What’s Killing the Ash Trees?

By Lauren Woodard

If you live in one of over 20 states impacted so far by the emerald ash borer you may have experienced firsthand the destruction left in this invasive insect’s wake.

These half-inch interlopers are steadily killing our native ash trees, and the devastation reaching from the Midwest to Pennsylvania and northward is now “inevitable,” says Academy Curator of Entomology Dr. Jon Gelhaus.

The emerald ash borer, Agrilus planipennis, already has killed millions of ash trees since its arrival from Asia a little more than a decade ago. Creating S-shaped tracks beneath the ash tree’s bark, the beetle’s larvae kill the tree from the inside out.

Gelhaus notes the movement of the emerald ash borer has been fast, with recent movement in the last two years to Montgomery and Bucks counties in our area and a report last month that the beetle has reached New Jersey.

The options for dealing with the ash borer are expensive; either treat the trees with preemptive and continual pesticides or pay to have the trees removed later. There are no methods of borer containment, and releasing of natural predators (biological controls) is still in the testing phase.

The emerald ash borer, or Agrilus planipennis, is a pesky kind of beetle that destroys trees using its larvae. Photo: U.S. Department of Agriculture.

Gelhaus ties the unintentional transplantation of the emerald ash borer to movement of cargo containing infested wood, probably by ship, trains, or planes. Dead trees already affected by the insect also are an issue.

“People cut up the dead tree, transport it as firewood, and then they store it. The beetles emerge, and we’ve infested a whole new area,” he explained. While the public cannot put a permanent stop to the crusade against the ash trees, citizens are able to be proactive in the face of invasion.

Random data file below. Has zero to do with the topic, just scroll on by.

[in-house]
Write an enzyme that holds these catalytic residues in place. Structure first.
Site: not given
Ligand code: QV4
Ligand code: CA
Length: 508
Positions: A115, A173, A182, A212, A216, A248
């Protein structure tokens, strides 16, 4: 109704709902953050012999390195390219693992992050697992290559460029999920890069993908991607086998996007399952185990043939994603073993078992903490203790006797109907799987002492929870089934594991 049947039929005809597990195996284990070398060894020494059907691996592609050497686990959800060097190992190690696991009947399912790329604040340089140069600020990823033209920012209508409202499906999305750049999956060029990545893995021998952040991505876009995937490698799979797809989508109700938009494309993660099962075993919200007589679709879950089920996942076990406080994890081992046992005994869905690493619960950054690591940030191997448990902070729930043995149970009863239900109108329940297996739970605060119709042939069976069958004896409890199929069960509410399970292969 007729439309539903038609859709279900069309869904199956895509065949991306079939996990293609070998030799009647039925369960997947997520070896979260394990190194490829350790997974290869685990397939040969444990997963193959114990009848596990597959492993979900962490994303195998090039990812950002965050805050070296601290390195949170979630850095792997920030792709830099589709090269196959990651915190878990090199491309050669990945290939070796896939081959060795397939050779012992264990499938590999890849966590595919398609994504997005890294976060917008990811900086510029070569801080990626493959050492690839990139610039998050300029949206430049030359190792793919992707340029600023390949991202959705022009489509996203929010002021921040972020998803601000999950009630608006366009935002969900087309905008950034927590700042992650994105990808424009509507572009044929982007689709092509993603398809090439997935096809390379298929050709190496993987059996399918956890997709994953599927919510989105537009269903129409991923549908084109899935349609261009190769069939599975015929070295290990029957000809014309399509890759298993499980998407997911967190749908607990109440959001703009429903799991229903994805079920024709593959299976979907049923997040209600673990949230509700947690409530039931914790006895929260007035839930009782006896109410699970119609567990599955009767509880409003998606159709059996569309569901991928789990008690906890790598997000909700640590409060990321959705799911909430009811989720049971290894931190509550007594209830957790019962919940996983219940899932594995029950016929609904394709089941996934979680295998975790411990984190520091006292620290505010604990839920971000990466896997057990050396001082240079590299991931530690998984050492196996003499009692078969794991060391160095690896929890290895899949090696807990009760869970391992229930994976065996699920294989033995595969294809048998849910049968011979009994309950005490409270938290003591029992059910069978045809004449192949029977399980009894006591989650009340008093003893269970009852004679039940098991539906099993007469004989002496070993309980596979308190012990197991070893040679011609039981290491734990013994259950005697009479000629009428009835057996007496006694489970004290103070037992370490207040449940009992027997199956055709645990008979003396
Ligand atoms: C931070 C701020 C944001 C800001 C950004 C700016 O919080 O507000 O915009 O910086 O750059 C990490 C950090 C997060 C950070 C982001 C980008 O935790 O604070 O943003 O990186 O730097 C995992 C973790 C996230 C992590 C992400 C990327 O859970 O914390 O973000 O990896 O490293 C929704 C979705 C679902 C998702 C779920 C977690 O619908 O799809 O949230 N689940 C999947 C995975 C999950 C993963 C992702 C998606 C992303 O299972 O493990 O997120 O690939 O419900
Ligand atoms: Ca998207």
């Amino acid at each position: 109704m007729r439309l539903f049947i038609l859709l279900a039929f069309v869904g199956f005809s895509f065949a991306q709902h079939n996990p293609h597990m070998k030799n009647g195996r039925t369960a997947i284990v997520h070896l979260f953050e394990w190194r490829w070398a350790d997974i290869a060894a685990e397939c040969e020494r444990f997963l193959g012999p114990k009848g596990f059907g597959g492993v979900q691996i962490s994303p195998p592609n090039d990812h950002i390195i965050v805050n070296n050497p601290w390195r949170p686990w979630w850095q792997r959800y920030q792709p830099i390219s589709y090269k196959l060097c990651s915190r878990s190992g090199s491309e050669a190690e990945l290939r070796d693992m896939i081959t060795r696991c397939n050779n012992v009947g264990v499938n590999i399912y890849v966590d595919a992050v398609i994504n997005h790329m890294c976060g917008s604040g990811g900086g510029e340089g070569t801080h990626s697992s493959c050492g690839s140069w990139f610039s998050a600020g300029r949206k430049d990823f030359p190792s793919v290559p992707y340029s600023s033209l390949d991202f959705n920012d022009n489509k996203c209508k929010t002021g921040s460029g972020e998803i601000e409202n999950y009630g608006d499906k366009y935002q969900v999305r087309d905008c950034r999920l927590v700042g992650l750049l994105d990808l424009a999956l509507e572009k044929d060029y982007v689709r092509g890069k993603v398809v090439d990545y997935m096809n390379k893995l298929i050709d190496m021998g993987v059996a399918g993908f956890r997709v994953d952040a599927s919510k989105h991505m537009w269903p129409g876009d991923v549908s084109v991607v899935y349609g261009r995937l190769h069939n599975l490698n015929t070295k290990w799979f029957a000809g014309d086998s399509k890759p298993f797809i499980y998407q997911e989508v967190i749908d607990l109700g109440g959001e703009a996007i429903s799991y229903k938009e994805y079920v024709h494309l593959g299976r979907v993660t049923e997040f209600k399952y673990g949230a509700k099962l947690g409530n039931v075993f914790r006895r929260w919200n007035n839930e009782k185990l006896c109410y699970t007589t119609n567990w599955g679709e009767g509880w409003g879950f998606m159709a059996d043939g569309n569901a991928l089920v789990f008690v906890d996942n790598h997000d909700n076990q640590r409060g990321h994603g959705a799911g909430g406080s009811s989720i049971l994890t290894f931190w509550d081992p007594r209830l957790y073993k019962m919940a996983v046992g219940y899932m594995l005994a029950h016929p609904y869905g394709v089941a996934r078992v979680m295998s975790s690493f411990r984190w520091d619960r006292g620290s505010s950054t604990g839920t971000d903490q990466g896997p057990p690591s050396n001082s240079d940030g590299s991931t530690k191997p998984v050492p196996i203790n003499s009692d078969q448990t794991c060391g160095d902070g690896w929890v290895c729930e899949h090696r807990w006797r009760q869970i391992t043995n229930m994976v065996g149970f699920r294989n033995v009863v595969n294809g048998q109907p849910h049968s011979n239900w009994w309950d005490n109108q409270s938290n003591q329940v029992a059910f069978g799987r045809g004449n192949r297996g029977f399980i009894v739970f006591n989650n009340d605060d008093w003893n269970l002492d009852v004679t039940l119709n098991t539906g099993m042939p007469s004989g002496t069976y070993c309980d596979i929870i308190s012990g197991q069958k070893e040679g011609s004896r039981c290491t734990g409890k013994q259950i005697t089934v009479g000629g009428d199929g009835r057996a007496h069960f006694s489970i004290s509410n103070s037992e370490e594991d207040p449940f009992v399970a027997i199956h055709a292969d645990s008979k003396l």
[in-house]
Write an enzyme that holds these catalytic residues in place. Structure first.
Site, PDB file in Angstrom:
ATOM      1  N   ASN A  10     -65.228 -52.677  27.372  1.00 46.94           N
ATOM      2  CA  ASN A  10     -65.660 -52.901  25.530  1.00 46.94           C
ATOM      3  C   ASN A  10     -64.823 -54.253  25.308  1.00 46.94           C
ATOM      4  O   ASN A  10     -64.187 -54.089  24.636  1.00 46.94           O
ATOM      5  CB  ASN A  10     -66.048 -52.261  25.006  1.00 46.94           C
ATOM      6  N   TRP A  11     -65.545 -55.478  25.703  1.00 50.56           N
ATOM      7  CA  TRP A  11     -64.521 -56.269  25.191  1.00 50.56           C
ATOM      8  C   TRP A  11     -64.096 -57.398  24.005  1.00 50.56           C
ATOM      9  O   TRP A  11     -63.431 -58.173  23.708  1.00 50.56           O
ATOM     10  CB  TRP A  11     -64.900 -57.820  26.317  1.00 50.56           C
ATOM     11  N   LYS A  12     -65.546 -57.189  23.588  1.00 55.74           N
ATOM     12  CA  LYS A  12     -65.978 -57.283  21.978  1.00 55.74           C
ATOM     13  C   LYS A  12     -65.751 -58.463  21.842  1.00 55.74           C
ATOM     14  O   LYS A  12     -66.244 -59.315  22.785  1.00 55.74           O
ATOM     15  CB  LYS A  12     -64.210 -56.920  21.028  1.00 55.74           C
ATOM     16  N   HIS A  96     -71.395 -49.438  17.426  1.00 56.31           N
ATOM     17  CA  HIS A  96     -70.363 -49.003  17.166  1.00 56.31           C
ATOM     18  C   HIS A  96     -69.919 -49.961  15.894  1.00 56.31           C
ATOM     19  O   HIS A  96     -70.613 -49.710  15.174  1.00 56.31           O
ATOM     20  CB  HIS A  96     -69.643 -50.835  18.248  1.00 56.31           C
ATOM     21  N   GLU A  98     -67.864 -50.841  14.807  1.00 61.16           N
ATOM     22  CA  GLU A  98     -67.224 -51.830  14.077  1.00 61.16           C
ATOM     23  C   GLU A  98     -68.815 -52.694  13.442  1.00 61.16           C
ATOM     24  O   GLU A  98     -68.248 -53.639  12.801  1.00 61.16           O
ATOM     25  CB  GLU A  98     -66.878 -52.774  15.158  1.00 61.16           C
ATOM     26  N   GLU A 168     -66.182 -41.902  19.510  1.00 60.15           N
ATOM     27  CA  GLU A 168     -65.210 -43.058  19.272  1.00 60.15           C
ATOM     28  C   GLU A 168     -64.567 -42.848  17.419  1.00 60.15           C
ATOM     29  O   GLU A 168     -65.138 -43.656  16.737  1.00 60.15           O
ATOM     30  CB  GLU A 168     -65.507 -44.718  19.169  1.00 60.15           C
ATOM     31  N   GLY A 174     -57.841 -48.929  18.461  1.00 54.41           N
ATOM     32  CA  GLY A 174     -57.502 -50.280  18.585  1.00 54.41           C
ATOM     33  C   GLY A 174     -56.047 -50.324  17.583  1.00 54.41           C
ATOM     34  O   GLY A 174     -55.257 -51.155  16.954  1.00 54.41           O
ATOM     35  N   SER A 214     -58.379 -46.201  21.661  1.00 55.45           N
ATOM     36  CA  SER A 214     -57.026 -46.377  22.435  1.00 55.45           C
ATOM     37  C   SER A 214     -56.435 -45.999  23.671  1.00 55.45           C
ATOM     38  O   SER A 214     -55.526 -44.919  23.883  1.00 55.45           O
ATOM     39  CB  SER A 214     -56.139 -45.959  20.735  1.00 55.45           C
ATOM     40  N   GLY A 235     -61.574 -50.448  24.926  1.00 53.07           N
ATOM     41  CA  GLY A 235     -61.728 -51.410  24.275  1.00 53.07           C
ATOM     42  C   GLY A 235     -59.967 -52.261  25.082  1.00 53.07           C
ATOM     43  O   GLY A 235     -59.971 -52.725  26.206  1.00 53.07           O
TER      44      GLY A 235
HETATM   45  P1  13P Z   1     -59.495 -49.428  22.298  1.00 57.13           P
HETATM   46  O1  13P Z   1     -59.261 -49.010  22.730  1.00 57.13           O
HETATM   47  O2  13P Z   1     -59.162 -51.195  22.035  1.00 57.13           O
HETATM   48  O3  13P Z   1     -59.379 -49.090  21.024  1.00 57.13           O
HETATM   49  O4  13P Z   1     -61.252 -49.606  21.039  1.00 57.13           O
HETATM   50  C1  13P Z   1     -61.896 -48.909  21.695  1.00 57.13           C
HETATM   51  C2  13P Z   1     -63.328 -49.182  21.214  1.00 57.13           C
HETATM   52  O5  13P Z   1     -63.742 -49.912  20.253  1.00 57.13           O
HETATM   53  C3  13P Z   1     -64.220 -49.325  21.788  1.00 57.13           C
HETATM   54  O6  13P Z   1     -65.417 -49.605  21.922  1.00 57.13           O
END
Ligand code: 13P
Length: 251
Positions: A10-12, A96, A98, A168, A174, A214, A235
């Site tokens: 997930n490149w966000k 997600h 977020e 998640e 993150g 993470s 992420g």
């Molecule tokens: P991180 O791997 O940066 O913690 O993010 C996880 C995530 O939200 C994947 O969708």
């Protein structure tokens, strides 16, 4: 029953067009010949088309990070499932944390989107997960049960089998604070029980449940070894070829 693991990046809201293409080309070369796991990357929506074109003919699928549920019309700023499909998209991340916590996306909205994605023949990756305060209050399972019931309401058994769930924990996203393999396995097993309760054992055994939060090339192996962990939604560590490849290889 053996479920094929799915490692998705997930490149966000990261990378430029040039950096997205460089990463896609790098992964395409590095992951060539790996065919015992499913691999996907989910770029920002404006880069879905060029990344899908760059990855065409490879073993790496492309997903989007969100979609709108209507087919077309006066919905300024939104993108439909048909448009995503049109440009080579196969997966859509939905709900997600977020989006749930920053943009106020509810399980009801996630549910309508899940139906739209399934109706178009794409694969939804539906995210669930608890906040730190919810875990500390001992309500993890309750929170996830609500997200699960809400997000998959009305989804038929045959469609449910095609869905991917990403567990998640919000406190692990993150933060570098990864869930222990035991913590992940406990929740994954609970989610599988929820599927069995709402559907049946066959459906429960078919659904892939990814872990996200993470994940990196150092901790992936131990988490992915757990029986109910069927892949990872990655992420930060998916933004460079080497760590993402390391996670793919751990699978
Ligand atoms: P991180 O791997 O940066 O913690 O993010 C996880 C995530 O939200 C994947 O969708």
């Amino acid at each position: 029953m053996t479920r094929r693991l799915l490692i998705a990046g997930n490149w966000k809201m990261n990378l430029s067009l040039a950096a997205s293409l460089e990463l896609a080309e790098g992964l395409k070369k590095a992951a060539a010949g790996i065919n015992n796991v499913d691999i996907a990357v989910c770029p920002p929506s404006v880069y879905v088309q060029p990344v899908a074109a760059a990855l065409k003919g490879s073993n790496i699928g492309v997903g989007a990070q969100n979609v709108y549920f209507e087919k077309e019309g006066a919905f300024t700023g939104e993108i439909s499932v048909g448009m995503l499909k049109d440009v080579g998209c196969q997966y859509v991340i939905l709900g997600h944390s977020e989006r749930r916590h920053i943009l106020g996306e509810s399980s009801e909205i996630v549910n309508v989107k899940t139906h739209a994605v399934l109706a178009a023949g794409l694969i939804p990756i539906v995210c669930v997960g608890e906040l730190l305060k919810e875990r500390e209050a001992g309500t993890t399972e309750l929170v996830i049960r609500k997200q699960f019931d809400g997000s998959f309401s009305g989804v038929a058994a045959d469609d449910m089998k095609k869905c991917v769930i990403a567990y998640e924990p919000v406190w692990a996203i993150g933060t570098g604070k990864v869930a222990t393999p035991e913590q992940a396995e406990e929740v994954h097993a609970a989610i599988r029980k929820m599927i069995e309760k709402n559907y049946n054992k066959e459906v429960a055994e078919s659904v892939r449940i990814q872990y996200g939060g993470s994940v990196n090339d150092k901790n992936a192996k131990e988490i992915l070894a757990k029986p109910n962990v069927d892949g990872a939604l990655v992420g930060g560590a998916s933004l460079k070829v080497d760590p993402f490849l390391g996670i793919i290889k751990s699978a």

“People can help by learning what our ash trees look like, going outside in their yard and neighborhoods, and detecting trees that are dying,” Gelhaus said. “You can treat your trees, but it’s not an easy solution.”

It is important to know the signs of the emerald ash borer’s presence. Eggs laid on the outside of the ash tree become larvae that burrow through the tree bark to grow and exit as adults. The insect’s exit holes are shaped like the letter “D” and are visible in the side of the diseased tree.

Less minute signs of damage can be found by looking at the tree’s top branches; dying begins there first.

“Be aware that these are serious things,” Gelhaus warns. “Try to identify the trees in your yard. Which ones are ash trees? Look and see what the health of those trees are.”

For tech-savvy individuals, Gelhaus recommends two smart phone apps. TreeSnap helps the public identify trees, while Bugguide, an app used by scientists at the Academy, is useful for looking up related insect species. Other useful information about the emerald ash borer can be found by visiting these sites:

-Pennsylvania Department of Agriculture and local extension offices

-New Jersey Department of Environmental Protection website

The Academy is home to nearly 4 million insect specimens, including its collection of emerald ash borers. The Academy’s insect specimens will be on view at its annual Bug Fest, taking place Saturday and Sunday, Aug. 12 and 13. Stop by the Academy and make critter-themed crafts, watch a live invertebrate stage show, meet a bedbug sniffing dog, talk about insects with real scientists, and more.

Also learn about backyard biodiversity and the interactions between insects and plants inside Backyard Adventures, the special exhibit view through Sep. 10.

To purchase tickets at a discount for Bug Fest and Backyard Adventures, click the button below:

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